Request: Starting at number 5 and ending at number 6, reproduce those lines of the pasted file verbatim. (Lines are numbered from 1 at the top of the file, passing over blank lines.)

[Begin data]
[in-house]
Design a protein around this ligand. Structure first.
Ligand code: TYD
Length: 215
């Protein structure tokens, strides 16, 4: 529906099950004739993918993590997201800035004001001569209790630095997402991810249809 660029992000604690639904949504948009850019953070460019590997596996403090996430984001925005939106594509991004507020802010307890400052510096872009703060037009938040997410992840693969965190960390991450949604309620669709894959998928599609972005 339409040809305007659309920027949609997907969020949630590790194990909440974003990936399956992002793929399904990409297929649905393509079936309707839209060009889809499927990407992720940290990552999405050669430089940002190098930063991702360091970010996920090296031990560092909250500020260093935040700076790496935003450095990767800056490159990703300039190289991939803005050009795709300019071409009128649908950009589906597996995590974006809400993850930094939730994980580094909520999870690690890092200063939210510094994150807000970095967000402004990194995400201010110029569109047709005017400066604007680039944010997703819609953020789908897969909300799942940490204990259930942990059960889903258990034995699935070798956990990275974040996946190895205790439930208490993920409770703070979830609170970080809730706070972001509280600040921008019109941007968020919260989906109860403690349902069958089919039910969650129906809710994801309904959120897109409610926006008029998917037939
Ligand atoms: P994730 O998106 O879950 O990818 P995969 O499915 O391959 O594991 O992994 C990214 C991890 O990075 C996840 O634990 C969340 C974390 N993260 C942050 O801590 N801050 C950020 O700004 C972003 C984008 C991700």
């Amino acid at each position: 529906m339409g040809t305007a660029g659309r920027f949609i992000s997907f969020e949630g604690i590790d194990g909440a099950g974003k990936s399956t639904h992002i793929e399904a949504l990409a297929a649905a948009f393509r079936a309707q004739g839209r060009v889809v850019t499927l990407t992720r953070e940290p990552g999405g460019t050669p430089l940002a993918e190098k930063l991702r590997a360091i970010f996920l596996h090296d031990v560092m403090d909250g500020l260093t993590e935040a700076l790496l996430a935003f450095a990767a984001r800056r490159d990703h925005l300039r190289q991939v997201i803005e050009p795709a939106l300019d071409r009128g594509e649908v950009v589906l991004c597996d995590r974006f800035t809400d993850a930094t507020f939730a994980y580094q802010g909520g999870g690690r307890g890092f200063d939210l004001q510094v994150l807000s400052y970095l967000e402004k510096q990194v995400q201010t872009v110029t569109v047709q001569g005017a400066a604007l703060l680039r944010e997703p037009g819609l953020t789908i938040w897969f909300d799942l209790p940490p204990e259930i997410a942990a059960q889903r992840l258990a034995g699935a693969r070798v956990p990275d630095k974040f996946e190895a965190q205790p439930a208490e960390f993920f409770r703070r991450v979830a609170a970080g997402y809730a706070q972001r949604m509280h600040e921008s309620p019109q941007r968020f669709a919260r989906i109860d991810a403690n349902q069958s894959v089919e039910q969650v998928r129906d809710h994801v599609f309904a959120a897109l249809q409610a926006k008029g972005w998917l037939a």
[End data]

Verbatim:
């Protein structure tokens, strides 16, 4: 529906099950004739993918993590997201800035004001001569209790630095997402991810249809 660029992000604690639904949504948009850019953070460019590997596996403090996430984001925005939106594509991004507020802010307890400052510096872009703060037009938040997410992840693969965190960390991450949604309620669709894959998928599609972005 339409040809305007659309920027949609997907969020949630590790194990909440974003990936399956992002793929399904990409297929649905393509079936309707839209060009889809499927990407992720940290990552999405050669430089940002190098930063991702360091970010996920090296031990560092909250500020260093935040700076790496935003450095990767800056490159990703300039190289991939803005050009795709300019071409009128649908950009589906597996995590974006809400993850930094939730994980580094909520999870690690890092200063939210510094994150807000970095967000402004990194995400201010110029569109047709005017400066604007680039944010997703819609953020789908897969909300799942940490204990259930942990059960889903258990034995699935070798956990990275974040996946190895205790439930208490993920409770703070979830609170970080809730706070972001509280600040921008019109941007968020919260989906109860403690349902069958089919039910969650129906809710994801309904959120897109409610926006008029998917037939
Ligand atoms: P994730 O998106 O879950 O990818 P995969 O499915 O391959 O594991 O992994 C990214 C991890 O990075 C996840 O634990 C969340 C974390 N993260 C942050 O801590 N801050 C950020 O700004 C972003 C984008 C991700």